ASTROS REPORT

Astros have disappointing week against tough opponents, lose AL West lead

Gerrit Cole picked up another win. Houston Astros/Facebook

The Astros had their toughest matchups yet this week, going up against the other two best teams in the American League; the Yankees and Red Sox. I said last week that if they could come out of this week with a winning record, it would be a sign that they are still the team to beat in the AL. Did they do it? 

Monday, May 28th: 34-20 Astros (Justin Verlander) vs. 33-16 Yankees (Domingo German)

Houston started the week with a Memorial Day matchup against the Yankees in the Bronx. The difference-maker in the game came early, a three-run homer by J.D. Davis who was called up last week after Derek Fisher landed on the DL. Evan Gattis extended the lead to 4-0 in the top of the fourth with an RBI single. Verlander had another terrific game going, though did take a hit to his ERA by allowing a solo home run to Greg Bird to leadoff the bottom of the seventh. Verlander would get two outs into the seventh before his day was over, bringing in Will Harris who finished the inning. Jose Altuve had a homer of his own in the top of the eighth, making it 5-1, a score that Chris Devenski and Ken Giles were able to hold with an inning each of work from the bullpen, securing the win.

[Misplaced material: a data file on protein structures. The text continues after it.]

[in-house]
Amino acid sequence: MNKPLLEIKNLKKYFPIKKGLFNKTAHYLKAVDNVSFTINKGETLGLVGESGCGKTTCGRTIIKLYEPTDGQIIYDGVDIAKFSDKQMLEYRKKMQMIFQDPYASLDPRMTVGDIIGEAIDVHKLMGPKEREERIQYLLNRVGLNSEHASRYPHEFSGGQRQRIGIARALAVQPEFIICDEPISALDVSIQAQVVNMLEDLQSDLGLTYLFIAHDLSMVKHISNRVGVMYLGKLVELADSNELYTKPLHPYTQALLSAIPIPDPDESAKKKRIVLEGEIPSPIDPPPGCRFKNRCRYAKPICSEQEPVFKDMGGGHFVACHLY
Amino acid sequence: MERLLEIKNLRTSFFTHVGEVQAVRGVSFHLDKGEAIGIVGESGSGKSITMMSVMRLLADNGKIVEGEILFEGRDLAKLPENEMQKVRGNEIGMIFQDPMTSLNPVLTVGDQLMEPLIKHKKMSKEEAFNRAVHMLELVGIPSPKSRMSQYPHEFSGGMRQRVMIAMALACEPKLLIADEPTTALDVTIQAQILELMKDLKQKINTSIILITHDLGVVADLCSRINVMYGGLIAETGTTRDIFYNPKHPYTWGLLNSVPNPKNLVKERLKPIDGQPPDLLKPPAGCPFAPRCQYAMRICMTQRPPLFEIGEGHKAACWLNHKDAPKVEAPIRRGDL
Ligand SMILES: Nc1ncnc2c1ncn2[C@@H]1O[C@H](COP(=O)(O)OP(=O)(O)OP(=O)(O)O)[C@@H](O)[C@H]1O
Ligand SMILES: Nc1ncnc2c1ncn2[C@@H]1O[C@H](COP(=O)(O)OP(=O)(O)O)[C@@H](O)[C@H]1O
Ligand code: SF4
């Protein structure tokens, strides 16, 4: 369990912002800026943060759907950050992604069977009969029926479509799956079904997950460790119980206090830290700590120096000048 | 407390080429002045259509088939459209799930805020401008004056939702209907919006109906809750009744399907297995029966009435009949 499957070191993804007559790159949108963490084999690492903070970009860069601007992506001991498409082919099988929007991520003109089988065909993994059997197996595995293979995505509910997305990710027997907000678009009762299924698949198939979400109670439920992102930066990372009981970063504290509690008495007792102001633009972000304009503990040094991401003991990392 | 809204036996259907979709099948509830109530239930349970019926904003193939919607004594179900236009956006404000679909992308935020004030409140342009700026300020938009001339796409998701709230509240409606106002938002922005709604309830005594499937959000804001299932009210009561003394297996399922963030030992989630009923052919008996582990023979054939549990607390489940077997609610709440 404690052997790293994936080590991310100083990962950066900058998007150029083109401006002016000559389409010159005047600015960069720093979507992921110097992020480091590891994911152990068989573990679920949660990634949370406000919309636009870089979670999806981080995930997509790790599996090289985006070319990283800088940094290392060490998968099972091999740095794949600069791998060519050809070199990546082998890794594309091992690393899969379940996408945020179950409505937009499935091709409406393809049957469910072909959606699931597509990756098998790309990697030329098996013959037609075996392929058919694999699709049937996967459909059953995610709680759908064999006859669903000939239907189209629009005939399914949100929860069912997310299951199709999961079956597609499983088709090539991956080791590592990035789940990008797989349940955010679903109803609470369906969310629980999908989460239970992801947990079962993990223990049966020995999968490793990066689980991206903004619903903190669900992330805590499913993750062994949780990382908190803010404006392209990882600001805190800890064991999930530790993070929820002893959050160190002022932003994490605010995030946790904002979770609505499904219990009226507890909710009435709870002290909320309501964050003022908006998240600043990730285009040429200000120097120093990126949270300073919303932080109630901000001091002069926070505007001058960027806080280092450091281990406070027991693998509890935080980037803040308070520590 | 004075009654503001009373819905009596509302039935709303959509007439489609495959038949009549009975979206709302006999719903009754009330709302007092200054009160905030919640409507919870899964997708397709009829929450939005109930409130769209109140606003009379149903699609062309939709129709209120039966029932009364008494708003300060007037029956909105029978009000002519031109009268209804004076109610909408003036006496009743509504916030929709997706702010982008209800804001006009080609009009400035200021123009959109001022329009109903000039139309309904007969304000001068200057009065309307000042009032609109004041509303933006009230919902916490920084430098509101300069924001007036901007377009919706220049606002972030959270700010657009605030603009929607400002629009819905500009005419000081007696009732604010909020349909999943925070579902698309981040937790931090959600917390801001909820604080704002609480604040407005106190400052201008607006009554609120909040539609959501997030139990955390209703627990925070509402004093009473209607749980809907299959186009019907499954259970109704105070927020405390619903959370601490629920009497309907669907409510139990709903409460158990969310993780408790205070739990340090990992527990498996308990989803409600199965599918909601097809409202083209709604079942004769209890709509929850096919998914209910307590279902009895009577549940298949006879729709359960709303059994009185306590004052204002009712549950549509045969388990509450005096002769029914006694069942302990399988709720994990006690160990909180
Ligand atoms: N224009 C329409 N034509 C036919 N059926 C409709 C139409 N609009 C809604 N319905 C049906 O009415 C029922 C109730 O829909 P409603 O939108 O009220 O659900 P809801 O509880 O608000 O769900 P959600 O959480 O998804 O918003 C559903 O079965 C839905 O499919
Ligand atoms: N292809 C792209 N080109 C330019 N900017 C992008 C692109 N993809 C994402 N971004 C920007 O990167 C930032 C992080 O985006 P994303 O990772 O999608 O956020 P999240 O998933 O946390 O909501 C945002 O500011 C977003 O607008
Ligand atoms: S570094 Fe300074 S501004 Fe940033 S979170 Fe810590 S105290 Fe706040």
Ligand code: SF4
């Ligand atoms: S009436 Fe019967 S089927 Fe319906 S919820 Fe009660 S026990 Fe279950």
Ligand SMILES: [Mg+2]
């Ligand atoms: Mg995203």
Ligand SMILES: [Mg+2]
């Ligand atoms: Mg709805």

Final Score: Astros 5, Yankees 1

Tuesday, May 29th: 35-20 Astros (Charlie Morton) vs. 33-17 Yankees (CC Sabathia)

The Yankees were able to put up much more offense on Tuesday, starting in the bottom of the first inning with a solo home run by Brett Gardner off of Charlie Morton to take a quick 1-0 lead. Evan Gattis answered right back for the Astros, hitting a solo homer of his own in the top of the second to tie the game up at one apiece. The back-and-forth continued over the next few innings, with the Yankees going up 2-1 in the bottom of the second before Houston got a two-RBI double from Marwin Gonzalez in the top of the fourth to regain the lead at 3-2. They extended that to 5-2 in the top of the fifth with RBIs from Yuli Gurriel and Gattis, his second of the day. Aaron Judge made his presence known with a solo home run in the bottom of the fifth, trimming the lead to 5-3, but the Yankees would be unable to get any closer... until the ninth inning. Chris Devenski came on for the ninth with a 5-3 lead but saw that lead disappear after Gardner's second home run of the game, this time for two runs to tie the game. The game went to extras, where Brad Peacock was the next bullpen pitcher to fall victim to the Yankees offense, allowing the walk-off run on an RBI single by Gleyber Torres.